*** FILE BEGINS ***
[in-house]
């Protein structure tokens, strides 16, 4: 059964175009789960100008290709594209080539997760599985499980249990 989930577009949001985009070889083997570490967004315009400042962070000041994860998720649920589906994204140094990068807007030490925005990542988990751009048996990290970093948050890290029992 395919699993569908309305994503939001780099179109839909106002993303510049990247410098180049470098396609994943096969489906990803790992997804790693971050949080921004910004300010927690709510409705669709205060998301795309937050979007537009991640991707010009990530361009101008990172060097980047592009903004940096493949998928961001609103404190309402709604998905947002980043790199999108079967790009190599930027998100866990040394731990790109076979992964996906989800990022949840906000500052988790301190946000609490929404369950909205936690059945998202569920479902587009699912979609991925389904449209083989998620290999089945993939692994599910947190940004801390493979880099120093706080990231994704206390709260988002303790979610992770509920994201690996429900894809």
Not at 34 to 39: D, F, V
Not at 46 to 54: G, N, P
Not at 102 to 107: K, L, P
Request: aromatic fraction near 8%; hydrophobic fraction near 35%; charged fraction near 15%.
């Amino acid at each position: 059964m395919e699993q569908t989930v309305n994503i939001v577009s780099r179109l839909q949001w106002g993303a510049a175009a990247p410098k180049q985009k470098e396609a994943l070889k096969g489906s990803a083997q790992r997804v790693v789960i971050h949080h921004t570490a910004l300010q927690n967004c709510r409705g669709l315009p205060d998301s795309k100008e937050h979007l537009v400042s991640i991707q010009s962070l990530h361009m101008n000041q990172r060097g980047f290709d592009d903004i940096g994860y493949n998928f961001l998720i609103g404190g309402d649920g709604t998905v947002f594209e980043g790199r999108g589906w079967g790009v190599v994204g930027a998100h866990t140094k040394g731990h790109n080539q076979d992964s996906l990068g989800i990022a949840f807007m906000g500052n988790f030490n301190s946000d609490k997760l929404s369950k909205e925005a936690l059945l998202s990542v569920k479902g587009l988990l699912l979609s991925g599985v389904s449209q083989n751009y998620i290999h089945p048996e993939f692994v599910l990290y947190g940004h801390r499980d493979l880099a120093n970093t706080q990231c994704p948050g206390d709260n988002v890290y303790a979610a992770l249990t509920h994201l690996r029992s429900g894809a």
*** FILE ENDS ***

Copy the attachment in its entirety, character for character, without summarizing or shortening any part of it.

[in-house]
């Protein structure tokens, strides 16, 4: 059964175009789960100008290709594209080539997760599985499980249990 989930577009949001985009070889083997570490967004315009400042962070000041994860998720649920589906994204140094990068807007030490925005990542988990751009048996990290970093948050890290029992 395919699993569908309305994503939001780099179109839909106002993303510049990247410098180049470098396609994943096969489906990803790992997804790693971050949080921004910004300010927690709510409705669709205060998301795309937050979007537009991640991707010009990530361009101008990172060097980047592009903004940096493949998928961001609103404190309402709604998905947002980043790199999108079967790009190599930027998100866990040394731990790109076979992964996906989800990022949840906000500052988790301190946000609490929404369950909205936690059945998202569920479902587009699912979609991925389904449209083989998620290999089945993939692994599910947190940004801390493979880099120093706080990231994704206390709260988002303790979610992770509920994201690996429900894809």
Not at 34 to 39: D, F, V
Not at 46 to 54: G, N, P
Not at 102 to 107: K, L, P
Request: aromatic fraction near 8%; hydrophobic fraction near 35%; charged fraction near 15%.
């Amino acid at each position: 059964m395919e699993q569908t989930v309305n994503i939001v577009s780099r179109l839909q949001w106002g993303a510049a175009a990247p410098k180049q985009k470098e396609a994943l070889k096969g489906s990803a083997q790992r997804v790693v789960i971050h949080h921004t570490a910004l300010q927690n967004c709510r409705g669709l315009p205060d998301s795309k100008e937050h979007l537009v400042s991640i991707q010009s962070l990530h361009m101008n000041q990172r060097g980047f290709d592009d903004i940096g994860y493949n998928f961001l998720i609103g404190g309402d649920g709604t998905v947002f594209e980043g790199r999108g589906w079967g790009v190599v994204g930027a998100h866990t140094k040394g731990h790109n080539q076979d992964s996906l990068g989800i990022a949840f807007m906000g500052n988790f030490n301190s946000d609490k997760l929404s369950k909205e925005a936690l059945l998202s990542v569920k479902g587009l988990l699912l979609s991925g599985v389904s449209q083989n751009y998620i290999h089945p048996e993939f692994v599910l990290y947190g940004h801390r499980d493979l880099a120093n970093t706080q990231c994704p948050g206390d709260n988002v890290y303790a979610a992770l249990t509920h994201l690996r029992s429900g894809a």